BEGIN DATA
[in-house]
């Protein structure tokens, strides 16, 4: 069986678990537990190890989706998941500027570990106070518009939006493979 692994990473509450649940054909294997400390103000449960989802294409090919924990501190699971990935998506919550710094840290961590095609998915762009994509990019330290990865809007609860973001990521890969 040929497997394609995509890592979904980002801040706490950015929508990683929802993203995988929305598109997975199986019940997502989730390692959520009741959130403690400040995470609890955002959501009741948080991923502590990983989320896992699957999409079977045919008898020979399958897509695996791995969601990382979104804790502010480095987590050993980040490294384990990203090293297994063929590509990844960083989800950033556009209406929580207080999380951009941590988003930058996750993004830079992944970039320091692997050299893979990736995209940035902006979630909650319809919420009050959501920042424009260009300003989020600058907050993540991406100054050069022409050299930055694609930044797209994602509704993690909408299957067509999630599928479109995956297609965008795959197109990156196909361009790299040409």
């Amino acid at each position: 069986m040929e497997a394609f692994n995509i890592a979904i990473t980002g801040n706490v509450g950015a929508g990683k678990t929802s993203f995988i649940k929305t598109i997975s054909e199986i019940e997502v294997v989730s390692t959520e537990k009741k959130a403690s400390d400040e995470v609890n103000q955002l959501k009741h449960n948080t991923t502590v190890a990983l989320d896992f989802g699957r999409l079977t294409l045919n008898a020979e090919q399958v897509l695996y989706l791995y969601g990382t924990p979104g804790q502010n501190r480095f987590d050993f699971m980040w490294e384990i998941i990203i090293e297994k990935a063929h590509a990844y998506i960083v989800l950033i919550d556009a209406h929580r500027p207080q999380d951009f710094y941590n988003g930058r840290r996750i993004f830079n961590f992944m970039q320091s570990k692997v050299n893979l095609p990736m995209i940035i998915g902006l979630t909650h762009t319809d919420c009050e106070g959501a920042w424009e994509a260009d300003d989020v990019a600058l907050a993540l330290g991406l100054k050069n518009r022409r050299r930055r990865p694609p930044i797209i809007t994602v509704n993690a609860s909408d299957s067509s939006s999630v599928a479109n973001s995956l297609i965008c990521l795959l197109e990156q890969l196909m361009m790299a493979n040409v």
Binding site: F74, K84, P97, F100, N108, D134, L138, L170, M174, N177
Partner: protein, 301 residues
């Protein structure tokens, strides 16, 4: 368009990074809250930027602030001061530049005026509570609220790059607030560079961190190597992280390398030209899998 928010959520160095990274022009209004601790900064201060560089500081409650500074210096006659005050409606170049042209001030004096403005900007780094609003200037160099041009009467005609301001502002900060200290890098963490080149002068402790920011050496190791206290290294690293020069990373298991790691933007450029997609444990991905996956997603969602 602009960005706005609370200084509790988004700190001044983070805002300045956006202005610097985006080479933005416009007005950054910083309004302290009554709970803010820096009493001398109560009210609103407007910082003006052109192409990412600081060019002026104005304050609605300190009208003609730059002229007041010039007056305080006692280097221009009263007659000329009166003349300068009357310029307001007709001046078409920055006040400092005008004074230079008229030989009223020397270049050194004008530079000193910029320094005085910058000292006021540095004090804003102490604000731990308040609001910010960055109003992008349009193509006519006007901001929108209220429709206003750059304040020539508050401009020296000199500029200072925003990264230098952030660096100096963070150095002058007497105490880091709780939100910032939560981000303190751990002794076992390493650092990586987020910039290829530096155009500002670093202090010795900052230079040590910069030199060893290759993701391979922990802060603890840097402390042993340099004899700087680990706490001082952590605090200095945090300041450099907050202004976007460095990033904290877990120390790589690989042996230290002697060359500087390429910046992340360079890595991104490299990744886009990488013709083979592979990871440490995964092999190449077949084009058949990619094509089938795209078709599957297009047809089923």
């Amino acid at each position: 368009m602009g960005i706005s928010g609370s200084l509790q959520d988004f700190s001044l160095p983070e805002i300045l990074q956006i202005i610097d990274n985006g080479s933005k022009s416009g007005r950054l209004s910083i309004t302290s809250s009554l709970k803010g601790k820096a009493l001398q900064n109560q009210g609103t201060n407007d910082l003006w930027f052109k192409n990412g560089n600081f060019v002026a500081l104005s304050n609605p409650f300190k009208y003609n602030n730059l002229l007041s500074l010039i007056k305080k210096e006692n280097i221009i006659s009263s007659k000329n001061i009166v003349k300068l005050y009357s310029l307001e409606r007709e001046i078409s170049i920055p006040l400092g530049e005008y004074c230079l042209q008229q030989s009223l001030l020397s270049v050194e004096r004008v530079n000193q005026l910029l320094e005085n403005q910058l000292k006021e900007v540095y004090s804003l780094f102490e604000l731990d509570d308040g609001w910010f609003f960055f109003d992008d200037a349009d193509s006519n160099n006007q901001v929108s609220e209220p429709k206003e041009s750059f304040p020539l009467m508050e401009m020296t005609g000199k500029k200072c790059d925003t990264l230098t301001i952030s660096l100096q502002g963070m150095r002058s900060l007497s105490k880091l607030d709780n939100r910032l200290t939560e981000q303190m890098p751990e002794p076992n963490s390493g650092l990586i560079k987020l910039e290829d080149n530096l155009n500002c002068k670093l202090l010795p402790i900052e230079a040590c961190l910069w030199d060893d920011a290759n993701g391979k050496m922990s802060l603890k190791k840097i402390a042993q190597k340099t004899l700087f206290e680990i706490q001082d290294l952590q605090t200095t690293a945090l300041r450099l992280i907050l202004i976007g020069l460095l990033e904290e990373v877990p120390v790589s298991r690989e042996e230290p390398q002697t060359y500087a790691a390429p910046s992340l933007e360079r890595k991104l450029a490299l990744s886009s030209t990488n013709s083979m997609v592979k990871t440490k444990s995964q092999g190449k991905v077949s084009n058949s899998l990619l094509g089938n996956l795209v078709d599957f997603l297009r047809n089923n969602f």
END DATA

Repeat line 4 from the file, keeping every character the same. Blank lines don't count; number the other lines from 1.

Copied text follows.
Binding site: F74, K84, P97, F100, N108, D134, L138, L170, M174, N177